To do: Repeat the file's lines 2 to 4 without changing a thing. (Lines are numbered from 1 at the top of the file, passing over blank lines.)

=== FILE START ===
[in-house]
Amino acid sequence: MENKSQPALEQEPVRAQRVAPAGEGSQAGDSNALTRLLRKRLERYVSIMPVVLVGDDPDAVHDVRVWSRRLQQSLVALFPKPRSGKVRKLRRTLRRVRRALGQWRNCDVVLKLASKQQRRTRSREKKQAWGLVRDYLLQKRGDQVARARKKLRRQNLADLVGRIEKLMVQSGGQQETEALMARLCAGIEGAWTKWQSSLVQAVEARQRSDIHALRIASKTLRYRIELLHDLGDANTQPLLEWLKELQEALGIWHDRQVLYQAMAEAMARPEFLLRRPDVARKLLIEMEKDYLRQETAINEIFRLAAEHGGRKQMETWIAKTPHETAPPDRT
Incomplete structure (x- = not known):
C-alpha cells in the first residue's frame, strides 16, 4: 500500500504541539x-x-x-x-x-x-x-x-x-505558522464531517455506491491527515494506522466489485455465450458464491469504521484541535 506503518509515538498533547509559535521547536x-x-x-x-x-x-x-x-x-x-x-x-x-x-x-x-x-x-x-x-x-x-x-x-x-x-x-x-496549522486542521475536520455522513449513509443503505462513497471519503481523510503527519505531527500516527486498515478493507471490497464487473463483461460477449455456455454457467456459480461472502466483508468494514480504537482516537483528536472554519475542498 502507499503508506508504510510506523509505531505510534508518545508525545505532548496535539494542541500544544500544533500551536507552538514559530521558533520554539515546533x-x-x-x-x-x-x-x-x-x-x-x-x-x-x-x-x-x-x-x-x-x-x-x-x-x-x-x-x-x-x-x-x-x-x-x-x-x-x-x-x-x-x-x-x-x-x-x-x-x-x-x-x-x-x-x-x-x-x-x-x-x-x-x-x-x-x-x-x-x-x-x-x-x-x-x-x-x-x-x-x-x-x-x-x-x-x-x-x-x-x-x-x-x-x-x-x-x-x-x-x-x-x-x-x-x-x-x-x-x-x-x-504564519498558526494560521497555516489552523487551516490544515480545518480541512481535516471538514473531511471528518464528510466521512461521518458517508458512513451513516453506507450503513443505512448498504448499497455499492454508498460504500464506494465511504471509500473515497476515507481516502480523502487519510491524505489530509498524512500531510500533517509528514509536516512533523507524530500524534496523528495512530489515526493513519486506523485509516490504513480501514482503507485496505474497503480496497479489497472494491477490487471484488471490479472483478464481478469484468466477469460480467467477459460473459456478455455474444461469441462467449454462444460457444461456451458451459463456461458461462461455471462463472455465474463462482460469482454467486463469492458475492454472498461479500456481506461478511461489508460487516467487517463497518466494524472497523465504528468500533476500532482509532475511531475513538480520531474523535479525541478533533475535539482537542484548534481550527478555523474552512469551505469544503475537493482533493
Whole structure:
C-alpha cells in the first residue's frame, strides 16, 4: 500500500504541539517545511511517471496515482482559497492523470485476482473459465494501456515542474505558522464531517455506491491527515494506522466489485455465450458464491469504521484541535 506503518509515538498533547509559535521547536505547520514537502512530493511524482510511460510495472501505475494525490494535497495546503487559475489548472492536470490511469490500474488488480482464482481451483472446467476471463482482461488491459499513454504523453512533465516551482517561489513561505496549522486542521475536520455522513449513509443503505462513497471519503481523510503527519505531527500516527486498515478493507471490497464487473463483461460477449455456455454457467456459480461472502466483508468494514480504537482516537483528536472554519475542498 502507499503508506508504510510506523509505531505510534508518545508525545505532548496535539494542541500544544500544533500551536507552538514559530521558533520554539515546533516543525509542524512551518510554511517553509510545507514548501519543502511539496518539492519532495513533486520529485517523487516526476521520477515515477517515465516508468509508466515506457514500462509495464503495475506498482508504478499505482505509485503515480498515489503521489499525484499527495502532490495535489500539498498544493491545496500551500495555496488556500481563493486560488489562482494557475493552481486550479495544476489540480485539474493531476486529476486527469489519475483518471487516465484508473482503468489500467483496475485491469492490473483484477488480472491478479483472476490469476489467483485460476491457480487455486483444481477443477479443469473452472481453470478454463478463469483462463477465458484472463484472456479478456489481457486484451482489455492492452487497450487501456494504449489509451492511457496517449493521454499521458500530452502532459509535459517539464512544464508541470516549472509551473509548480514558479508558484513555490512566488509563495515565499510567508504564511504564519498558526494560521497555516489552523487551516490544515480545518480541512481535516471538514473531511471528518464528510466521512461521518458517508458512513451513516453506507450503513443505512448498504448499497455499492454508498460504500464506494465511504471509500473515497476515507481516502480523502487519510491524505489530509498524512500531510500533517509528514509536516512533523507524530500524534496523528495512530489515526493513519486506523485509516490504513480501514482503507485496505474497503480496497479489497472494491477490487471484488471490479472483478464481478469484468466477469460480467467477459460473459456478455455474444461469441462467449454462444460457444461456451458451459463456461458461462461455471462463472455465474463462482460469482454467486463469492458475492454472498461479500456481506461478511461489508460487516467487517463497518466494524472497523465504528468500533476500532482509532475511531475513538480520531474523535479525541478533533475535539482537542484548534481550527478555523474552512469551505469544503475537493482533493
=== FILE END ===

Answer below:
Amino acid sequence: MENKSQPALEQEPVRAQRVAPAGEGSQAGDSNALTRLLRKRLERYVSIMPVVLVGDDPDAVHDVRVWSRRLQQSLVALFPKPRSGKVRKLRRTLRRVRRALGQWRNCDVVLKLASKQQRRTRSREKKQAWGLVRDYLLQKRGDQVARARKKLRRQNLADLVGRIEKLMVQSGGQQETEALMARLCAGIEGAWTKWQSSLVQAVEARQRSDIHALRIASKTLRYRIELLHDLGDANTQPLLEWLKELQEALGIWHDRQVLYQAMAEAMARPEFLLRRPDVARKLLIEMEKDYLRQETAINEIFRLAAEHGGRKQMETWIAKTPHETAPPDRT
Incomplete structure (x- = not known):
C-alpha cells in the first residue's frame, strides 16, 4: 500500500504541539x-x-x-x-x-x-x-x-x-505558522464531517455506491491527515494506522466489485455465450458464491469504521484541535 506503518509515538498533547509559535521547536x-x-x-x-x-x-x-x-x-x-x-x-x-x-x-x-x-x-x-x-x-x-x-x-x-x-x-x-496549522486542521475536520455522513449513509443503505462513497471519503481523510503527519505531527500516527486498515478493507471490497464487473463483461460477449455456455454457467456459480461472502466483508468494514480504537482516537483528536472554519475542498 502507499503508506508504510510506523509505531505510534508518545508525545505532548496535539494542541500544544500544533500551536507552538514559530521558533520554539515546533x-x-x-x-x-x-x-x-x-x-x-x-x-x-x-x-x-x-x-x-x-x-x-x-x-x-x-x-x-x-x-x-x-x-x-x-x-x-x-x-x-x-x-x-x-x-x-x-x-x-x-x-x-x-x-x-x-x-x-x-x-x-x-x-x-x-x-x-x-x-x-x-x-x-x-x-x-x-x-x-x-x-x-x-x-x-x-x-x-x-x-x-x-x-x-x-x-x-x-x-x-x-x-x-x-x-x-x-x-x-x-x-504564519498558526494560521497555516489552523487551516490544515480545518480541512481535516471538514473531511471528518464528510466521512461521518458517508458512513451513516453506507450503513443505512448498504448499497455499492454508498460504500464506494465511504471509500473515497476515507481516502480523502487519510491524505489530509498524512500531510500533517509528514509536516512533523507524530500524534496523528495512530489515526493513519486506523485509516490504513480501514482503507485496505474497503480496497479489497472494491477490487471484488471490479472483478464481478469484468466477469460480467467477459460473459456478455455474444461469441462467449454462444460457444461456451458451459463456461458461462461455471462463472455465474463462482460469482454467486463469492458475492454472498461479500456481506461478511461489508460487516467487517463497518466494524472497523465504528468500533476500532482509532475511531475513538480520531474523535479525541478533533475535539482537542484548534481550527478555523474552512469551505469544503475537493482533493